For those who may not know, I am the founder (I’d rather say initiator) of Chicago’s first community Quidditch team, the Windy City Wizards. I started posting flyers and garnering baby drabbles of attention in the end of April. May, June, and July, I vacillated between hopefully stubborn and furiously frustrated. There are posts. It is a proven situation.
I scheduled practices once a week, and managed only once to get people to show—both of them were friends of mine. Still, I refused to relinquish the idea of this team. It had to work. I couldn’t give up. I could spout all the anger in every breath I puffed out, but at the end of the day, I refused to consider anything less than an established team.
That doesn’t mean I hated lugging equipment to practice only to wait for no one. Nothing fouls the mood of a Sunday off quite so well.
In a delirium of optimism, I paid for three months on meetup.com. Facebook, twitter, tumblr, we had. We had likes, we had followers, and we had rebloggers. What we didn’t have was attendance. So I went to a new site, a new well of people, and created the page for Chicago Quidditch. Our first meeting, I had two strangers show up with enough energy to render nuclear power irrelevant. It gave me hope. One of the boys bought an Alivan’s broom that week. I took hope.
At LeakyCon, I met a graduate of ISU, Matt. He took the train in from his suburban home and met with me and the boy, Jeffrey, for a short, informal practice. After that, we went to a pub and celebrated our success with potato skins, conversation and grandois dreams of what this team would mean.
Throughout this whole process, I have been searching for the proper formula. I suppose I’m a scientist at heart. I believe there is a solution to our population problem, and the only reason I haven’t found it yet is because I haven’t found that formula. The magical number of flyers plus business cards multiplied by neighborhood divided by season and quadrupled by pure doggedness of nature. There’s a formula and I refuse to give up.
I’ve also come to realize the fundamental importance of that group of people. The moment you have someone showing to practice, it is no longer an option to quit. I honestly feel awful when I know attendance will be low. I feel like I’ve failed those few who are attending in not persuading enough people, not trying hard enough. But I have to learn to let that paranoia of responsibility go. If they don’t want to show, then they won’t. If they do, then you have someone committed and that is all you could ever hope for. One person to commit, to agree that there is something there, that you two see the same thing, can know for certain that it’s worth the fight. It’s like a relationship. But a giant, polygamous, asexual relationship where you ride around on broomsticks and hit each other with dodgeballs.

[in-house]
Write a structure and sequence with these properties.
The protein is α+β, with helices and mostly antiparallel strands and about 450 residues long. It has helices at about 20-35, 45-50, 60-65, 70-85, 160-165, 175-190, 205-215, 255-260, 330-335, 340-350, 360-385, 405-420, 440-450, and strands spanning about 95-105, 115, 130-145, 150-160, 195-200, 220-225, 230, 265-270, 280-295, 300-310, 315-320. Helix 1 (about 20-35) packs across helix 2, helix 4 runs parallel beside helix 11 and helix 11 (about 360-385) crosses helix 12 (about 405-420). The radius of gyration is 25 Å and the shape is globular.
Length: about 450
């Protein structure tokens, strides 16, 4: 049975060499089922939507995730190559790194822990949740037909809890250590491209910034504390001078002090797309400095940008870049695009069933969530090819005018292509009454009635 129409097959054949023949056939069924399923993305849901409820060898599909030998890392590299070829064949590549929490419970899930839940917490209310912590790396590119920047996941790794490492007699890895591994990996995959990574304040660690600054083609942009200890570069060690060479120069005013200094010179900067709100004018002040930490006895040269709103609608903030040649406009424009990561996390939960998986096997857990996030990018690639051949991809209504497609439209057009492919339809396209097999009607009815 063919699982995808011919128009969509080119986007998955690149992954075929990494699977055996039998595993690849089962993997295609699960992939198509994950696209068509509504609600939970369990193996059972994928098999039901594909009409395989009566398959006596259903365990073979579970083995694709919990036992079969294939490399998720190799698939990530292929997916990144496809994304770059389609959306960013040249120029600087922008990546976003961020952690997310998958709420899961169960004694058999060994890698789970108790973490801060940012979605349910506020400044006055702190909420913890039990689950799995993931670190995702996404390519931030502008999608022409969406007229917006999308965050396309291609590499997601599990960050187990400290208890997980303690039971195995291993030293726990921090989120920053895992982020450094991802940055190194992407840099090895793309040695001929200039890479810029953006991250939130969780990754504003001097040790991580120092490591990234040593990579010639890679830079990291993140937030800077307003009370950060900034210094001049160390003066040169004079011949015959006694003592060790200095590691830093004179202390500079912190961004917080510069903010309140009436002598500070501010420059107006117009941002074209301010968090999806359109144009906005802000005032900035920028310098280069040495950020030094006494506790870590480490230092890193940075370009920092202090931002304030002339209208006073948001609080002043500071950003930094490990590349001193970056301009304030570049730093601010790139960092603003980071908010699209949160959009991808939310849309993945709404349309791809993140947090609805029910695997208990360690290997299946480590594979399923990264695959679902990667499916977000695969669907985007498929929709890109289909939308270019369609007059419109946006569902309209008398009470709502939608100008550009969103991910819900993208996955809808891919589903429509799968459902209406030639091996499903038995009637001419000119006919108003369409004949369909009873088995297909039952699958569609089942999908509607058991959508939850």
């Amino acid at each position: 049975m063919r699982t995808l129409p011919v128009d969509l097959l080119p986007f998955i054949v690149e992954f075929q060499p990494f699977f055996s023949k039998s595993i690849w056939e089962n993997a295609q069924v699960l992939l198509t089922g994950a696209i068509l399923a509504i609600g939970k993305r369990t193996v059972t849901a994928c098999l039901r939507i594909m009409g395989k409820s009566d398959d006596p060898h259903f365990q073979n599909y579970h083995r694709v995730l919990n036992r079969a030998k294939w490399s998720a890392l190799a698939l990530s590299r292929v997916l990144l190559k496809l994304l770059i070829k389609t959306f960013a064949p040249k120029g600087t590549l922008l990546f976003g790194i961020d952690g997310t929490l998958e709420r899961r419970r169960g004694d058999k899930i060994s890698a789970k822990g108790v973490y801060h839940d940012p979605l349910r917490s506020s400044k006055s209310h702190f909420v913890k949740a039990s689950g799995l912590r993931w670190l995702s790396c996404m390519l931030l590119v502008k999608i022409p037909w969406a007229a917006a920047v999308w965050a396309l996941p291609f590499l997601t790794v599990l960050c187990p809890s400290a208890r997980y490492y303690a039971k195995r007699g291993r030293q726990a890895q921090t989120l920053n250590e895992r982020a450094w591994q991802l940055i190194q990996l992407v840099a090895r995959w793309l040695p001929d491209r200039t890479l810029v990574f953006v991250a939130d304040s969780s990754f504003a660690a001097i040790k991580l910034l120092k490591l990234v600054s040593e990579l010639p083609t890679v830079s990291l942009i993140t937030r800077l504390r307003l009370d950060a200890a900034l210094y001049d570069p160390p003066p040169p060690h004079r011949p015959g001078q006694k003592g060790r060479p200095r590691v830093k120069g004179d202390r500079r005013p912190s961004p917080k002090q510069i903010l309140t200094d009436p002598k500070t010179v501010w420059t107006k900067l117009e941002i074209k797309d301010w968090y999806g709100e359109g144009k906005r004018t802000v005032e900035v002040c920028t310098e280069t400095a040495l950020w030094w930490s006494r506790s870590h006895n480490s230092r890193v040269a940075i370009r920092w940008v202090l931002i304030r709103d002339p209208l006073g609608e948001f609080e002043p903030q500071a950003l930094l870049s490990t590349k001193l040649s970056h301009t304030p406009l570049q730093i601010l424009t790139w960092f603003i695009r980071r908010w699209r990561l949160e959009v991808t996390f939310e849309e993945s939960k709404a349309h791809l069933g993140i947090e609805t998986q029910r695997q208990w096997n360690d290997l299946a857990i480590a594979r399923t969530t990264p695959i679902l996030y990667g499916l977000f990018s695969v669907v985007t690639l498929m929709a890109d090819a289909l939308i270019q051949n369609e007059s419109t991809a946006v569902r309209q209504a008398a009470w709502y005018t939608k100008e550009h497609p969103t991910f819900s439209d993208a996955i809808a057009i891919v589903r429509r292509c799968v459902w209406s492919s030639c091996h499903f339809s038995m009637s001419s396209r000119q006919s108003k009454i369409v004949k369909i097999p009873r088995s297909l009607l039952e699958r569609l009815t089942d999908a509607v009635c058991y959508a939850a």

So, really, it’s the best kind of relationship.
And the moment you have just one person who agrees with you and takes the other end of that task, it’s magic.
How can you make international supply chains work better for smallholder farmers?
By Aurelie Walker, Trade Policy Adviser, Fairtrade Foundation
Making international supply chains work better for smallholder farmers is a potential ‘win-win’ for thousands of farmers and businesses. A new report by the Fairtrade Foundation analyses six case studies from farmer groups producing tea, cocoa and nuts in Kenya, Cote D’Ivoire and Malawi asking them from their experience, what really makes trade fair?
I couldn't resist a little Q&A with a beginning Life Coach starting a Life Coaching Practice
I love good Q&A. For those who do too, here’s a little about starting
a life coaching practice.
How many clients did you coach in your first year, second year, current?
First year: 5 (at any one time); Second year 10 (at any one time);
Current 5th year: 16 current clients; 3 licensees; 1 book due out in
January; 1 iPhone app due out in February
What is a reasonable client load for a full time business or
Full-time: 15 to 25 clients
Part-time: 5 to 10 clients
What percentage of your clients reach their goals?
On the life goals/grades front: about 80%. A lot of my clients have
goals around grades, making friends, getting along with parents. I’ve
found grades (either not being totally stressed out by them or trying
to get the grades they want) to be one of the biggest measurement my
On the college front: 100%. I work with teenagers, and truly over the
past 5 years, 100% of the clients I’ve worked with got into one of
their top three college choices. My secret: combine life skills with
knowledge of the college app process.
Do you offer other services in conjunction with coaching(workshops,
consulting, product development, etc.)?
Yes, I offer certification and Life Coaches training. I also have a
book to be published in January 2010 about the Top Ten Essential Life
Skills teenagers need.
How do you reach your target market?
Workshops. Workshops. Workshops. I love putting on workshops. You
have the opportunity to give real value, make new relationships, and
gain a wider audience.
Word of mouth. Networking is key. Help out others and pay attention
to people’s humanity. Love people and the world and the world and
people will love you back.
What do you feel differentiates you or your business from others?